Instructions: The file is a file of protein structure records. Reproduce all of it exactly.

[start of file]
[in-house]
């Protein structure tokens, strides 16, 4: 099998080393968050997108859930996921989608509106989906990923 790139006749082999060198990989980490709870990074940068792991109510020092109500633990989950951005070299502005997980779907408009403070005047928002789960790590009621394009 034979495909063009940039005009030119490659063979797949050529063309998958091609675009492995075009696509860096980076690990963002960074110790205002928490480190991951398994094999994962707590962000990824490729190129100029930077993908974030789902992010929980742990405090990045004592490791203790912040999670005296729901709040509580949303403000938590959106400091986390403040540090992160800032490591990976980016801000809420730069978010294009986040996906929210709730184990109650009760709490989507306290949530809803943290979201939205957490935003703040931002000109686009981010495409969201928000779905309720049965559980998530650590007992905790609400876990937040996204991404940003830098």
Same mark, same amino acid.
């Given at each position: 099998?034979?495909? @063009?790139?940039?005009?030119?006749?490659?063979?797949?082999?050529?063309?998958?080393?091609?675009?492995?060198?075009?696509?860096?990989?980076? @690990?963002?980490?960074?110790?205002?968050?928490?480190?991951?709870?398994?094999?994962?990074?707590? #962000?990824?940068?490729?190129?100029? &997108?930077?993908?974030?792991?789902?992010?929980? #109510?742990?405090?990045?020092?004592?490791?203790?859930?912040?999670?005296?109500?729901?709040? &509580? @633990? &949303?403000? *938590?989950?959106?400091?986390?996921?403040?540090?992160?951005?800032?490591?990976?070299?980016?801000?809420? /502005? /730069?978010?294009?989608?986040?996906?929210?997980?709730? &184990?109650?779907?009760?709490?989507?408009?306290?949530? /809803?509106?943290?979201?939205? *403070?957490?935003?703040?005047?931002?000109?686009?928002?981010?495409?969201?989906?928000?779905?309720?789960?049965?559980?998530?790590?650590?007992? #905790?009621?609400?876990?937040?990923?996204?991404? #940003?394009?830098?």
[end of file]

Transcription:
[in-house]
């Protein structure tokens, strides 16, 4: 099998080393968050997108859930996921989608509106989906990923 790139006749082999060198990989980490709870990074940068792991109510020092109500633990989950951005070299502005997980779907408009403070005047928002789960790590009621394009 034979495909063009940039005009030119490659063979797949050529063309998958091609675009492995075009696509860096980076690990963002960074110790205002928490480190991951398994094999994962707590962000990824490729190129100029930077993908974030789902992010929980742990405090990045004592490791203790912040999670005296729901709040509580949303403000938590959106400091986390403040540090992160800032490591990976980016801000809420730069978010294009986040996906929210709730184990109650009760709490989507306290949530809803943290979201939205957490935003703040931002000109686009981010495409969201928000779905309720049965559980998530650590007992905790609400876990937040996204991404940003830098």
Same mark, same amino acid.
């Given at each position: 099998?034979?495909? @063009?790139?940039?005009?030119?006749?490659?063979?797949?082999?050529?063309?998958?080393?091609?675009?492995?060198?075009?696509?860096?990989?980076? @690990?963002?980490?960074?110790?205002?968050?928490?480190?991951?709870?398994?094999?994962?990074?707590? #962000?990824?940068?490729?190129?100029? &997108?930077?993908?974030?792991?789902?992010?929980? #109510?742990?405090?990045?020092?004592?490791?203790?859930?912040?999670?005296?109500?729901?709040? &509580? @633990? &949303?403000? *938590?989950?959106?400091?986390?996921?403040?540090?992160?951005?800032?490591?990976?070299?980016?801000?809420? /502005? /730069?978010?294009?989608?986040?996906?929210?997980?709730? &184990?109650?779907?009760?709490?989507?408009?306290?949530? /809803?509106?943290?979201?939205? *403070?957490?935003?703040?005047?931002?000109?686009?928002?981010?495409?969201?989906?928000?779905?309720?789960?049965?559980?998530?790590?650590?007992? #905790?009621?609400?876990?937040?990923?996204?991404? #940003?394009?830098?």